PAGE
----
What started off as a fundraising event has grown to become a premier grassroots football tournament in the Western Cape..
The Kapstadt Cup is in its 11th year.
It used to be held at Malta Park in Observatory and this year, in addition to facing the challenges brought on by the Covid-19 pandemic, their corporate sponsor withdrew its funding.
But the City of Cape Town came to the rescue, offering Athlone Stadium, Green Point Urban Park, Green Point Shared Fields as well as Hartleyvale Stadium and Malta Park football fields.
Recovering from the five-day tournament, FC Kapstadt and tournament president, Zaid Omar, said: “It’s been a difficult phase for us to host this event this year. It is probably the most difficult year ever hosting this event.
“Firstly we were unable to host spectators, of course we relied on gate takings, food sales and so on for fundraising. We had to come up with a plan to make everything possible. Our corporate partner chose not to be involved as a result of no return on investments through corporate advertising, marketing and exposure,” he said.
“We had to come up with a plan that made the event possible. The City of Cape Town is one of the partners that are helping us with the tournament.
“The cricket season and hockey season is still on at Malta Park so the City of Cape Town made Athlone Stadium available for us to make the event possible.
“We also got the Green Point Urban Park available as well as the shared fields next to the stadium. It added some excitement and also all the kids are enjoying it. To play against the best in the world we have to create that platform to be the best in the world,” he said.
Omar said 364 games were played by 25 teams, with over 750 players, from under-8 up until under-16. Teams such as Mamelodi Sundowns and Stellenbosch FC from the Premier Soccer League sent their juniors through. And, Cape Town Spurs, from the National First Division also sent their juniors through to the tournament.
But the big names did not have it easy, with teams such as Greenwood Athletic and Rockafellas from Mitchell’s Plain giving them a run for their money.
“Grassroots football is the most important phase of any athlete. We looked around and found there were not enough quality grassroots football tournaments in the Western Cape and have every intention of making it an international grassroots tournament,” he said.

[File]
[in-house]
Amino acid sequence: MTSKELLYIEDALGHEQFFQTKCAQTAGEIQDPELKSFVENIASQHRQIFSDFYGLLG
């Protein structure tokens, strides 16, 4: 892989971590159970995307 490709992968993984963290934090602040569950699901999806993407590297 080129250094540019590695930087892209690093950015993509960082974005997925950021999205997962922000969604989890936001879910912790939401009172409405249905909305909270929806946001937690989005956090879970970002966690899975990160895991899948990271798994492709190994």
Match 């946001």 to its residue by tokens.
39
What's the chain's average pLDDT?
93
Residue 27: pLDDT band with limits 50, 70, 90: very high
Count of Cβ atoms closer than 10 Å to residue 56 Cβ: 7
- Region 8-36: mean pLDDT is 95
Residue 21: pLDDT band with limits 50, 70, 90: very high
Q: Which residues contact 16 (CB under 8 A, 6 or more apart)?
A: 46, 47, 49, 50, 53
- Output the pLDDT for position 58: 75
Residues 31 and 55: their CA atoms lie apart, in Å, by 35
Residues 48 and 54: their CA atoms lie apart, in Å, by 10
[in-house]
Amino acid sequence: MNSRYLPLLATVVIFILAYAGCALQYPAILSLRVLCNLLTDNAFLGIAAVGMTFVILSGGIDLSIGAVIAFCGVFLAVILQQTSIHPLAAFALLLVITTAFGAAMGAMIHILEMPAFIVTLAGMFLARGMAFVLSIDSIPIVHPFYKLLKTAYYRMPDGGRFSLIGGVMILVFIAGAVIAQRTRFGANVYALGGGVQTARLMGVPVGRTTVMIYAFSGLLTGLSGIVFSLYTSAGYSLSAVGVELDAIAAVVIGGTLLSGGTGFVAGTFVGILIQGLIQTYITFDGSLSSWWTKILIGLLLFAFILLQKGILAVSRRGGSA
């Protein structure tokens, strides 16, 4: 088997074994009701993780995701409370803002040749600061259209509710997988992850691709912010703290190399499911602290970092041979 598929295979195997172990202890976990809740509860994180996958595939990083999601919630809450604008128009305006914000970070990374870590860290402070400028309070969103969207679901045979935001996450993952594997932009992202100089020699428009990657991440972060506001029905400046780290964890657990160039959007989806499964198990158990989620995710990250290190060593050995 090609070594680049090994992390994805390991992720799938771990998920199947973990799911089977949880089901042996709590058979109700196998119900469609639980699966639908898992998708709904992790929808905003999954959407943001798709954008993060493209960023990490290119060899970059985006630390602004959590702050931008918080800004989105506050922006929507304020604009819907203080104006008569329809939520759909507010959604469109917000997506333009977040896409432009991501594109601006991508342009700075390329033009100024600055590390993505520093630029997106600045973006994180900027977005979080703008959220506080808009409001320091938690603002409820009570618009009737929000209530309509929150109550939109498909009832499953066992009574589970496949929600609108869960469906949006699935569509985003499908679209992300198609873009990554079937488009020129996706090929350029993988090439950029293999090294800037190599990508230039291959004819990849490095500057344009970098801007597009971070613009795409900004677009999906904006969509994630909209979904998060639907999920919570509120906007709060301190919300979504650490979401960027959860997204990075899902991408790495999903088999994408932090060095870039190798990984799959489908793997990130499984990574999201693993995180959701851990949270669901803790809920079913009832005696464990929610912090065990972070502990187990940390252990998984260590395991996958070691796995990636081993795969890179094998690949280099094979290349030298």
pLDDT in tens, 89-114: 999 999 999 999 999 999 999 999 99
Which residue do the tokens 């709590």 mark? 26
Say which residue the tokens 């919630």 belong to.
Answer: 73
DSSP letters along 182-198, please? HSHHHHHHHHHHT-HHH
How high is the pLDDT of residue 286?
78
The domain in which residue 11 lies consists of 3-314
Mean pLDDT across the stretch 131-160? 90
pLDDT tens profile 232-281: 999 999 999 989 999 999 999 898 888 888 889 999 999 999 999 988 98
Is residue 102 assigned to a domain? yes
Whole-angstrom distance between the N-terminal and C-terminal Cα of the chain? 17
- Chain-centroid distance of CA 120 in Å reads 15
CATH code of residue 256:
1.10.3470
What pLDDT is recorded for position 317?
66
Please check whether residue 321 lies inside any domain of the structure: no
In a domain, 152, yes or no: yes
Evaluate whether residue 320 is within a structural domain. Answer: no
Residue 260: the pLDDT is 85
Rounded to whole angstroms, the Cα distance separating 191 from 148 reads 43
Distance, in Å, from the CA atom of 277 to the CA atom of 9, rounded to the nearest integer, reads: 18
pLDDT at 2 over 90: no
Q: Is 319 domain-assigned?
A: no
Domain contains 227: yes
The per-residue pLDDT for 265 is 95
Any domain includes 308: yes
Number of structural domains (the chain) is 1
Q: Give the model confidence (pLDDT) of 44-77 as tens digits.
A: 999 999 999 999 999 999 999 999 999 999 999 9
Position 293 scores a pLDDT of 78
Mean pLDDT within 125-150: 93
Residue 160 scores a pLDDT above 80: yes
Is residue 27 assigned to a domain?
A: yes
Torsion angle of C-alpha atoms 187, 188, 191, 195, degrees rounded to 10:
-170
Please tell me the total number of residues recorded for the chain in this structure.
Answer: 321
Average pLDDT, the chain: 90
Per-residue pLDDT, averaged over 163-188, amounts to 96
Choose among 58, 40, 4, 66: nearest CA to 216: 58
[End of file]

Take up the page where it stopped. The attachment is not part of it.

“We reduced the size of the competition in 2021 as a result of the pandemic. We normally have about a 100 teams from 45 clubs, consisting of 1 300 players.”
Covid restrictions, however, had forced them to reduce numbers.
“We kind of have a socially distanced tournament. At the moment we have about 850 players, 25 teams and 36 clubs,” he said.
Hout Bay United Football Club were crowned the under-8 champions. Greenwood Athletic won the under-9 section. FC Kapstadt won the under-10 division. Cape Town Spurs were victorious in the under-12 division. Mamelodi Sundowns won the under-14 age group and Stellenbosch Football Club won the under-16 section.
“The most important thing for the kids at this level is to enjoy it. There is a certain amount of intensity in terms of wanting to win the tournament but the most important aspect is for them to enjoy, to apply discipline, respect and their training on the field,” said Omar.
MEC for Community Services and Health, Zahid Badroodien welcomed the return of the Kapstadt Cup as one of the Mother City’s premier grassroots football festivals.
“For this administration, investing in developmental sporting events such as the Kapstadt Cup is crucial in ensuring we continue to provide platforms for nurturing the country’s generation of sports stars and for them to have a stage where they develop their talent at an early age,” said Badroodien.